Here are stories set in and around Baghdad after the US-led invasion of 2003, as well as the stories of siblings and children left at home. The "fog" of war, the emotional and physical wreckage sustained (by soldiers and family alike), the draw of service, and the elusiveness of defining one's enemy are rendered powerfully in these complex, frightening, and timely novels for young adults.
Johnson, Angela. Sweet, Hereafter. 2010. (YA Fiction Johns.A)
Sweet leaves her family and goes to live in a cabin in the woods with the quiet but understanding Curtis, to whom she feels intensely connected, just as he is called back to serve again in Iraq.
Keller, Julia. Back Home. 2009. (YA Fiction Kelle.J)
Thirteen-year-old Rachel Browning understands that her father will be different after being injured in the Iraq War, but no one is prepared for the impact that his traumatic brain injury and other wounds have on the entire family.
Myers, Walter Dean. Sunrise Over Fallujah. 2008. (YA Fiction Myers.W)
Robin Perry, from Harlem, is sent to Iraq in 2003 as a member of the Civilian Affairs Battalion, and his time there profoundly changes him. Perry, aka "Birdy", suffers not only the uncertainty of the mission in Iraq, but silence from his father back home, who rejects his son's enlistment in the military. Myers vividly captures the tension in battalions that chase tips through cities, where at any moment exists the possibility of sniper fire or remotely-detonated IED blasts. He lays out at an even pace the frustrations of each military unit as they invade family homes, searching for an enemy who may or may not exist. This book is exceptional for its transporting power - you feel like you're there - and its complete cast of characters featuring a sensitive lead character as well as several female characters in roles from soldier to staff sergeant alike.
McCormick, Patricia. Purple Heart. 2009. (YA Fiction Mccor.P)
While recuperating in a Baghdad hospital from a traumatic brain injury sustained during the Iraq War, eighteen-year-old soldier Matt Duffy struggles to recall what happened to him and how it relates to his ten-year-old friend, Ali.
Novgorodoff, Danica. Refresh, Refresh : A Graphic Novel. 2009. (YA 741.5973 Novgo.D)
There's nothing Josh, Cody, and Gordon want more than their fathers home safely from the war in Iraq -- unless it's to get out of their dead-end town. Refresh, Refresh is the story of three teenagers on the cusp of high school graduation and their struggle to make hard decisions with no role models to follow; to discover the possibilities for the future when all the doors are slamming in their faces; and to believe their fathers will come home alive so they can be boys again.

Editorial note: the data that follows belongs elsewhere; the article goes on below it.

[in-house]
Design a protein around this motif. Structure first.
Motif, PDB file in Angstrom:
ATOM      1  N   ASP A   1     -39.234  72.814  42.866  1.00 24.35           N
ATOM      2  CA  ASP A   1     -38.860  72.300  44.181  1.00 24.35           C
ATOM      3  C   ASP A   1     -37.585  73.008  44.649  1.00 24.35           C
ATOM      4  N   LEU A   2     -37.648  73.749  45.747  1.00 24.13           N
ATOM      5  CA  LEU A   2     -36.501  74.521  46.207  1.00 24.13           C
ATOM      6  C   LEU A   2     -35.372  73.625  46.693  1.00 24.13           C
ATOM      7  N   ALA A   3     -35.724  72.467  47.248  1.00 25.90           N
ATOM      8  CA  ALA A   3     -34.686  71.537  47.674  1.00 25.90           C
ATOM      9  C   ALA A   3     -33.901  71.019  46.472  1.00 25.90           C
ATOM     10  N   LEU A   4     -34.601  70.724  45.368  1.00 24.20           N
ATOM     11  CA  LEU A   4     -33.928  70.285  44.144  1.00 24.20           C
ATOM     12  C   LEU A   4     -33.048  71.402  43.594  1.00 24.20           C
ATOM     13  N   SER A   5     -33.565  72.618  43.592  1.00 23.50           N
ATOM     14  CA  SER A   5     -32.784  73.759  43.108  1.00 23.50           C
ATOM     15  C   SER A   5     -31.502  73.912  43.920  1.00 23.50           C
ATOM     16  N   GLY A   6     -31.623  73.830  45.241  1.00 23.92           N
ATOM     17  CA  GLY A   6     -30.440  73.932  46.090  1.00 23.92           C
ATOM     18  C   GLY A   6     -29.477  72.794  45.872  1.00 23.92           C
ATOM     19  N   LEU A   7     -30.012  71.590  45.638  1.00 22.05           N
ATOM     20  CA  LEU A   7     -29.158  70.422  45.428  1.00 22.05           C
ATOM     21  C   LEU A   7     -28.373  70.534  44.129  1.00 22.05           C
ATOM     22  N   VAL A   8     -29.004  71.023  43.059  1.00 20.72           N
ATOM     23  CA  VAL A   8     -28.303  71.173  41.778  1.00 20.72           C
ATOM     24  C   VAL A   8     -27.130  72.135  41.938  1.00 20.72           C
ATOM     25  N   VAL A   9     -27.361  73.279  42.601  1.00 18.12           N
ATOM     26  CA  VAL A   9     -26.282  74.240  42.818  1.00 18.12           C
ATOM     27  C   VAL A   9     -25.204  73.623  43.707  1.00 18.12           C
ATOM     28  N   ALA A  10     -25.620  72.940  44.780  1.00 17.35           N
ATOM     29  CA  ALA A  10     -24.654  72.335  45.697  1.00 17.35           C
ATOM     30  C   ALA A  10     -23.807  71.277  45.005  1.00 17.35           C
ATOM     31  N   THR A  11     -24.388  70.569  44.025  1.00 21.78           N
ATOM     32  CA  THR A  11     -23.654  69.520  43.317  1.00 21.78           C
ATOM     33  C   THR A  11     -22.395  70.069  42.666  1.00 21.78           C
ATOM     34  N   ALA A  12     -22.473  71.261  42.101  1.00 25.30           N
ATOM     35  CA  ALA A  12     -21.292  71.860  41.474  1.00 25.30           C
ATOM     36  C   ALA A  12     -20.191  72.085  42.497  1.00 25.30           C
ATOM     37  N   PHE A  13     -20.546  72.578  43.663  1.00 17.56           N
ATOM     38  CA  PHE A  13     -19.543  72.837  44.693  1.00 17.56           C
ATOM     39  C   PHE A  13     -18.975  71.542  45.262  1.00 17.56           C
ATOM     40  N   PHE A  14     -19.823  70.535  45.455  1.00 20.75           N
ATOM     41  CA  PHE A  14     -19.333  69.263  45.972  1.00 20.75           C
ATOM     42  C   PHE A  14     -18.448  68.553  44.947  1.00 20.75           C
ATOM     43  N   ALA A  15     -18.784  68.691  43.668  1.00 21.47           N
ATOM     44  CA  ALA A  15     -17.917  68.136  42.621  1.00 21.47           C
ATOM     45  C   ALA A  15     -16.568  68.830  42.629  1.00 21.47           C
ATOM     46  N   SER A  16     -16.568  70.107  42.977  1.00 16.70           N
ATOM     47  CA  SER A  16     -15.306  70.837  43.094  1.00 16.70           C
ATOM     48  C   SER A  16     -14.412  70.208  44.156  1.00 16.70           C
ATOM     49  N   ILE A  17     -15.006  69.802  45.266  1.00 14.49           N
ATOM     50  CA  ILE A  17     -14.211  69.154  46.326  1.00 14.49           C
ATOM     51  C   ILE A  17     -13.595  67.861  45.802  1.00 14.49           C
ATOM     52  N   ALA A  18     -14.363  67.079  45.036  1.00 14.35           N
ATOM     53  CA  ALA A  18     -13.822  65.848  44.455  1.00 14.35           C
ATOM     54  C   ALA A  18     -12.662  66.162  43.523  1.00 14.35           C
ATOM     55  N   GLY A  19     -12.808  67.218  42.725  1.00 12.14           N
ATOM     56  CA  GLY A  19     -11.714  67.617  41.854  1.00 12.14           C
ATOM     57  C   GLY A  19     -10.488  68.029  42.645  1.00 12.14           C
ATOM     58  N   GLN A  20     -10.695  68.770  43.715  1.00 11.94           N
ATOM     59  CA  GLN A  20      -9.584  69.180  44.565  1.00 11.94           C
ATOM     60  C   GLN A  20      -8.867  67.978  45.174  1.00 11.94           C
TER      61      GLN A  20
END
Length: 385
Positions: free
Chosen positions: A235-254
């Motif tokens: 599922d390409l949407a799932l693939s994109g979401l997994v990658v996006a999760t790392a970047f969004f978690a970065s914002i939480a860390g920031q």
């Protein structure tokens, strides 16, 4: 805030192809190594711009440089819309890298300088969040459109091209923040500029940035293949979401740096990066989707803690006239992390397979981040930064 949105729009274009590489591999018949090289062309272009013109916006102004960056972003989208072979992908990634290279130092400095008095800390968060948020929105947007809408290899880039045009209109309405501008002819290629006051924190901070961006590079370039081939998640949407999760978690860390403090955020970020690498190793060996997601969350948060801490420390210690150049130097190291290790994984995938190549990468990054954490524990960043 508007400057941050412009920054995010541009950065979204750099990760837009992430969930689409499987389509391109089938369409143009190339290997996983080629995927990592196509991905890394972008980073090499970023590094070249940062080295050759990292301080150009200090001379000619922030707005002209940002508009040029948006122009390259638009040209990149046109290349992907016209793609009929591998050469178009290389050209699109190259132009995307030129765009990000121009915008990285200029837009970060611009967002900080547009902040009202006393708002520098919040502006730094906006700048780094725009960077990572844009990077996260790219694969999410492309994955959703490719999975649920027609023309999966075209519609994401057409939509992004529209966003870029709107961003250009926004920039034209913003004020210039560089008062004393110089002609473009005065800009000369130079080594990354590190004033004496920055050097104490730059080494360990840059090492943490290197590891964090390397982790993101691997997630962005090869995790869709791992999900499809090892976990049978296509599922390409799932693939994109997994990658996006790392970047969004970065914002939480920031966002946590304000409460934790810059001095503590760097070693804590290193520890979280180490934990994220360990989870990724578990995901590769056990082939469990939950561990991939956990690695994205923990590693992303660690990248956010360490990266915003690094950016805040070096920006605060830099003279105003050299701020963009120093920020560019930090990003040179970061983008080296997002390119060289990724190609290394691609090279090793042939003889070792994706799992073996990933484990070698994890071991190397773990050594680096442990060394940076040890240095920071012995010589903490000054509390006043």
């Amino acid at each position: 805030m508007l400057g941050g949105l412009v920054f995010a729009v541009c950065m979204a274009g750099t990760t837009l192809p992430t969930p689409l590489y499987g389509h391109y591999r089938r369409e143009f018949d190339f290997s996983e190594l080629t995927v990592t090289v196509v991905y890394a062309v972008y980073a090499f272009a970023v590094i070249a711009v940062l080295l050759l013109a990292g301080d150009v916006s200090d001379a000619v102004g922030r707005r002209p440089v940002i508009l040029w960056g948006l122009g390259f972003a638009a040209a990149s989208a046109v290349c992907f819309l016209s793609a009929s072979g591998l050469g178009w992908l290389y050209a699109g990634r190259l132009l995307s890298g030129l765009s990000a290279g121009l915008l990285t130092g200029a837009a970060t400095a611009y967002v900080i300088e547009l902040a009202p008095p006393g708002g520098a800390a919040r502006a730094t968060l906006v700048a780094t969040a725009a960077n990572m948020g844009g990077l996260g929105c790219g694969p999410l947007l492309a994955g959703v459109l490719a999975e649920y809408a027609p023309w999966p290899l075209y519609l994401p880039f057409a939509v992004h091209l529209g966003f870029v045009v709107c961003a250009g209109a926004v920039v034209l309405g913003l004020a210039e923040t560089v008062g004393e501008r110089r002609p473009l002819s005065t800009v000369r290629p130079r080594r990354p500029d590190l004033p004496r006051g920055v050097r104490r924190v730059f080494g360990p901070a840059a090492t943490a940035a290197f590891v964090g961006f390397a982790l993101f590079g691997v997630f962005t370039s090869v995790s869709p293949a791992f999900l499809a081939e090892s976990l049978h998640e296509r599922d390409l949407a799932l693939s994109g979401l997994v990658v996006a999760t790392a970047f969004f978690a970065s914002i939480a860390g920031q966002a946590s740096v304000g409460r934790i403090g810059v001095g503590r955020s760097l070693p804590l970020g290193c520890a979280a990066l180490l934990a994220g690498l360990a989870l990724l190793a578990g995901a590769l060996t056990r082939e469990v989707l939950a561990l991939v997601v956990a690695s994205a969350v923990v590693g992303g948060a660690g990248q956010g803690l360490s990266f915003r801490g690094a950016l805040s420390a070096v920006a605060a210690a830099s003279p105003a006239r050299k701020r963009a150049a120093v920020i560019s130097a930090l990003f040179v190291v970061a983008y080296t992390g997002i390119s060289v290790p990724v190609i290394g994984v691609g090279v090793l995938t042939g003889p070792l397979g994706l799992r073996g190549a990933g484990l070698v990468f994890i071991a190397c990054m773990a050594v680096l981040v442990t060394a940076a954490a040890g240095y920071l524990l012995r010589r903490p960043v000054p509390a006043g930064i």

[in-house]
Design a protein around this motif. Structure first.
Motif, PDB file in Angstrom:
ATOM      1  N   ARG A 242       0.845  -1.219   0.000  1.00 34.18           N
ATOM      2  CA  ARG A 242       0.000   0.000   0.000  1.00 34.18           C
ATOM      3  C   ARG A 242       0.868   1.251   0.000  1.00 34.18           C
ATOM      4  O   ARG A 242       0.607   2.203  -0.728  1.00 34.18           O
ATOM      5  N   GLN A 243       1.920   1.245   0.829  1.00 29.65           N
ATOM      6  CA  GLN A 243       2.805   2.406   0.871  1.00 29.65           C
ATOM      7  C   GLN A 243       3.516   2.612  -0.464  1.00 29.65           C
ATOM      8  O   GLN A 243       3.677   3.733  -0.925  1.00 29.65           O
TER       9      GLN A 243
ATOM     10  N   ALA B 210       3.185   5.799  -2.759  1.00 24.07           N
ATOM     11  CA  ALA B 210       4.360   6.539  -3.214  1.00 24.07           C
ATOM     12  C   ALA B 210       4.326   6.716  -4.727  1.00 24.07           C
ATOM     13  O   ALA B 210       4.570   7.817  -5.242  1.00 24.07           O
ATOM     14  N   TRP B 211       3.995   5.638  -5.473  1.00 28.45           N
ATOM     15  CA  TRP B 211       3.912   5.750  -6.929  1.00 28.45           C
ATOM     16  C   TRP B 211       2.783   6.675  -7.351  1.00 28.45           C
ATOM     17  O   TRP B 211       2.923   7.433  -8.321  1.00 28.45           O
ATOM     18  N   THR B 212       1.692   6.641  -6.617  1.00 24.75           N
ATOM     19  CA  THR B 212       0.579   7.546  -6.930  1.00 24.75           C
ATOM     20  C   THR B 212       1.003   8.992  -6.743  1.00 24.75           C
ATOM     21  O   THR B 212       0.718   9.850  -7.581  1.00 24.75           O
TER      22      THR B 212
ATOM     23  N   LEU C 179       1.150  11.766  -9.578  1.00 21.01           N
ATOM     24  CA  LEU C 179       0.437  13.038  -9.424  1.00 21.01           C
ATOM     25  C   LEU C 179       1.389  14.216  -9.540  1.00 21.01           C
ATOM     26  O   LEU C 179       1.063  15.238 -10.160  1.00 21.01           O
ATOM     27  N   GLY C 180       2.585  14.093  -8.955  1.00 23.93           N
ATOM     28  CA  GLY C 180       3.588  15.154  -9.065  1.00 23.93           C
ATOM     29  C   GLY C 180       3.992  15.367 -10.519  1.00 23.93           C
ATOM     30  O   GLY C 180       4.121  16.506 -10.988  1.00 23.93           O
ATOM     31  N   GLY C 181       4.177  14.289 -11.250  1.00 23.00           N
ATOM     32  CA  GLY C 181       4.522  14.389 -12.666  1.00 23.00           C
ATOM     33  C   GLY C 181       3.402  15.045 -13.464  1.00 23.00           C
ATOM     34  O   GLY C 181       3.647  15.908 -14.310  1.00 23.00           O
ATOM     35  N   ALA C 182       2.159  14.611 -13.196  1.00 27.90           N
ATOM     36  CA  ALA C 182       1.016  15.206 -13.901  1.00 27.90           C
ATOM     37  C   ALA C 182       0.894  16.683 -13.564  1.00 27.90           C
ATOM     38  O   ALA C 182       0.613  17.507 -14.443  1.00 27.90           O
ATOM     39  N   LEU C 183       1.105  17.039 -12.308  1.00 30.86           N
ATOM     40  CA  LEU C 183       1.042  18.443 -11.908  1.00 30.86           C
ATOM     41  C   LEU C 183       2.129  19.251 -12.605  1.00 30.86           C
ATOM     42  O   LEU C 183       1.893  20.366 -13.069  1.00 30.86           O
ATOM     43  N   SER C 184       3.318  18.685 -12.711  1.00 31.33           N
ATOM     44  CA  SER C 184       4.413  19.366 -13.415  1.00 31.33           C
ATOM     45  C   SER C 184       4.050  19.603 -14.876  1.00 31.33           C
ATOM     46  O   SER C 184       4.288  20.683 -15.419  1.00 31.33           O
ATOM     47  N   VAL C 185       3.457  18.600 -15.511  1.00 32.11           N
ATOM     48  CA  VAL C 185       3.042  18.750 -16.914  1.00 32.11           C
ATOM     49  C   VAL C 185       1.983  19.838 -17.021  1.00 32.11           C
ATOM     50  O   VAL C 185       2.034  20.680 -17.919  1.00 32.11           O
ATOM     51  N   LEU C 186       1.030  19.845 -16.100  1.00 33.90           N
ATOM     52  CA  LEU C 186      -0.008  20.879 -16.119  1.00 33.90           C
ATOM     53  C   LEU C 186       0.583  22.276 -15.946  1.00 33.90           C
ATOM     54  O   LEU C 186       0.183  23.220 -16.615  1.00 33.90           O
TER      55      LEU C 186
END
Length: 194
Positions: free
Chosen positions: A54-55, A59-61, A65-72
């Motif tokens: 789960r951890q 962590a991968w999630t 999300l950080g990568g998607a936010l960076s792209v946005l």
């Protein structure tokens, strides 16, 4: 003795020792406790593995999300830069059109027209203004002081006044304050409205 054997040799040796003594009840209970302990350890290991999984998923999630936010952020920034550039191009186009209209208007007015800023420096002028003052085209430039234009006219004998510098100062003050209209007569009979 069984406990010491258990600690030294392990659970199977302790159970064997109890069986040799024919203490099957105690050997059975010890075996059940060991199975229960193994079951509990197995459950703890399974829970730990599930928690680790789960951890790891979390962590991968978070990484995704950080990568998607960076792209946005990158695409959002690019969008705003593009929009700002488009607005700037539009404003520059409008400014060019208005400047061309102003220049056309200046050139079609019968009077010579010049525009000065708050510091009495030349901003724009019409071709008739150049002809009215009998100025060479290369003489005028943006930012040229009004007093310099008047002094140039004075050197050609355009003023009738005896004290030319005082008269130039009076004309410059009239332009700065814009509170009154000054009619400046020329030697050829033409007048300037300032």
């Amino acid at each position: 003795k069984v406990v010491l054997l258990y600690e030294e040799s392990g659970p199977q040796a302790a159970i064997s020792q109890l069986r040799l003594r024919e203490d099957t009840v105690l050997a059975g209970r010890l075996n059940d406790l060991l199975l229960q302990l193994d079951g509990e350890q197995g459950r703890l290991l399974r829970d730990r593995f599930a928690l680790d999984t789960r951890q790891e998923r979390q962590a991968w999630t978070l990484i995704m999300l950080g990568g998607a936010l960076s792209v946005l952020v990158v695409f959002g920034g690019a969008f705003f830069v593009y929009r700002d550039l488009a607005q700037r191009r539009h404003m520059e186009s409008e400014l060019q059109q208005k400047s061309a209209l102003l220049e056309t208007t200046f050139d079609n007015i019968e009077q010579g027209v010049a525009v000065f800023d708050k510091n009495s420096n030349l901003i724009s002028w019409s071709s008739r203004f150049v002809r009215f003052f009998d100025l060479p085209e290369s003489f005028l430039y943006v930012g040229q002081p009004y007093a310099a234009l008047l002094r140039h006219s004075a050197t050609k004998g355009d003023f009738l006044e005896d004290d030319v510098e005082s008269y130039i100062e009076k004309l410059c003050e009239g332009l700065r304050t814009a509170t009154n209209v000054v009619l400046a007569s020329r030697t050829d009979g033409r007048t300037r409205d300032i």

Stein, Tamar. High Dive. 2008. (YA Fiction Stein.T)
With her mother stationed in Iraq as an Army nurse, Vanderbilt University student Arden Vogel, whose father was killed in a traffic accident a few years earlier, impulsively ends up on a tour of Europe with a group of college girls she meets on her way to attend to some family business in Sardinia.
Reinhart, Dana. The Things A Brother Knows. 2010. (YA Fiction Reinh.D)
"The Things A Brother Knows" is about Levi, a boy of Israeli descent who lives in the Boston suburbs and whose brother Boaz is home from Iraq after three years. Boaz, always the confident, winning personality in the family, shuts himself in his room and can be heard in despair at night, (he sits in his room looking at maps and screaming silently, whisper screaming). Boaz leaves home to walk across the country to D.C. and Levi decides to follow him and confront him, a courageous act that yields moving scenes, some scary back-story from Iraq (inspired by true events) and a moving ending.
Tharp, Tim. Badd. 2011. (On Order)
A teenaged girl's beloved brother returns home from the Iraq War completely unlike the person she remembers.
Vaughan, Brian K.. Pride Of Baghdad. 2006. (741.5973 Vaugh.B)
From one of America's most acclaimed comics writers a startlingly original look at life on the streets of Baghdad during the Iraq War inspired by true events. In the spring of 2003, a pride of lions escaped from the Baghdad Zoo during an American bombing raid. Lost and confused, hungry but finally free, the four lions roamed the decimated streets of Baghdad in a desperate struggle for their lives. In documenting the plight of the lions, Pride of Baghdad raises questions about the true meaning of liberation - can it be given, or is it earned only through self-determination and sacrifice? And in the end, is it truly better to die free than to live life in captivity?
Williams, Suzanne. Bull Rider. 2009. (YA Fiction Willi.S)
When his older brother, a bull-riding champion, returns from the Iraq War partially paralyzed, fourteen-year-old Cam takes a break from skateboarding to enter a bull-riding contest, in hopes of winning the $15,000 prize and motivating his depressed brother to continue with his rehabilitation.
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